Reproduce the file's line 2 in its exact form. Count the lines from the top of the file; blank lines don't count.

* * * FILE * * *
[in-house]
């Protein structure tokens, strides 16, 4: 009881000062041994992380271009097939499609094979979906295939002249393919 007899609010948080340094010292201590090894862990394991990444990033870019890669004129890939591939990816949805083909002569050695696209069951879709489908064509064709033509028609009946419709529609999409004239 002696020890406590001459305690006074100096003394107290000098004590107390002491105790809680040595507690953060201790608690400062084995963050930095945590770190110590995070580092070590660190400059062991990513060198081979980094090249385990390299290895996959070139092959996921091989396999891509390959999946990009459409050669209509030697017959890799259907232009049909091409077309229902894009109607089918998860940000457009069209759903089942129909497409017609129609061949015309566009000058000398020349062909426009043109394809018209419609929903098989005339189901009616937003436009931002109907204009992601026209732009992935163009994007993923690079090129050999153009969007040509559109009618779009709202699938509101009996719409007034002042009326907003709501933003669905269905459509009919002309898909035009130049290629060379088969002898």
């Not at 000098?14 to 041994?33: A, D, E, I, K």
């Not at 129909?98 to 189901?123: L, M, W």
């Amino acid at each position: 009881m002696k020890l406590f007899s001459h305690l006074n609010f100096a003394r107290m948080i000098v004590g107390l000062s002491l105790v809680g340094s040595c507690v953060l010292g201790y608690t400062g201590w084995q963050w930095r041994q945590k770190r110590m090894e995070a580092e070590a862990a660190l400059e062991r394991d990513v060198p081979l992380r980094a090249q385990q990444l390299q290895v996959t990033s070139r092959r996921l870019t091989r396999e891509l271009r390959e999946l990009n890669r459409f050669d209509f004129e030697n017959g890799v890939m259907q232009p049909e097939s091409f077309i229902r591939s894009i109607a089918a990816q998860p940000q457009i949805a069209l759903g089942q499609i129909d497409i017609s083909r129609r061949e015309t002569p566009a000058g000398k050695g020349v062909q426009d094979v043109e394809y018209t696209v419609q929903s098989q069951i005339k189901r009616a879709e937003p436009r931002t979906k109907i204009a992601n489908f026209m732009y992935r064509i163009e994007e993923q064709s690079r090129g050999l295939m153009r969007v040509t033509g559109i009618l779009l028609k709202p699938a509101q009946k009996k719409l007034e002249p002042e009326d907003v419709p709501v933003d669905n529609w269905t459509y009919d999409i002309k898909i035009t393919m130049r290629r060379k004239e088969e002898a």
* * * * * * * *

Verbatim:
């Protein structure tokens, strides 16, 4: 009881000062041994992380271009097939499609094979979906295939002249393919 007899609010948080340094010292201590090894862990394991990444990033870019890669004129890939591939990816949805083909002569050695696209069951879709489908064509064709033509028609009946419709529609999409004239 002696020890406590001459305690006074100096003394107290000098004590107390002491105790809680040595507690953060201790608690400062084995963050930095945590770190110590995070580092070590660190400059062991990513060198081979980094090249385990390299290895996959070139092959996921091989396999891509390959999946990009459409050669209509030697017959890799259907232009049909091409077309229902894009109607089918998860940000457009069209759903089942129909497409017609129609061949015309566009000058000398020349062909426009043109394809018209419609929903098989005339189901009616937003436009931002109907204009992601026209732009992935163009994007993923690079090129050999153009969007040509559109009618779009709202699938509101009996719409007034002042009326907003709501933003669905269905459509009919002309898909035009130049290629060379088969002898």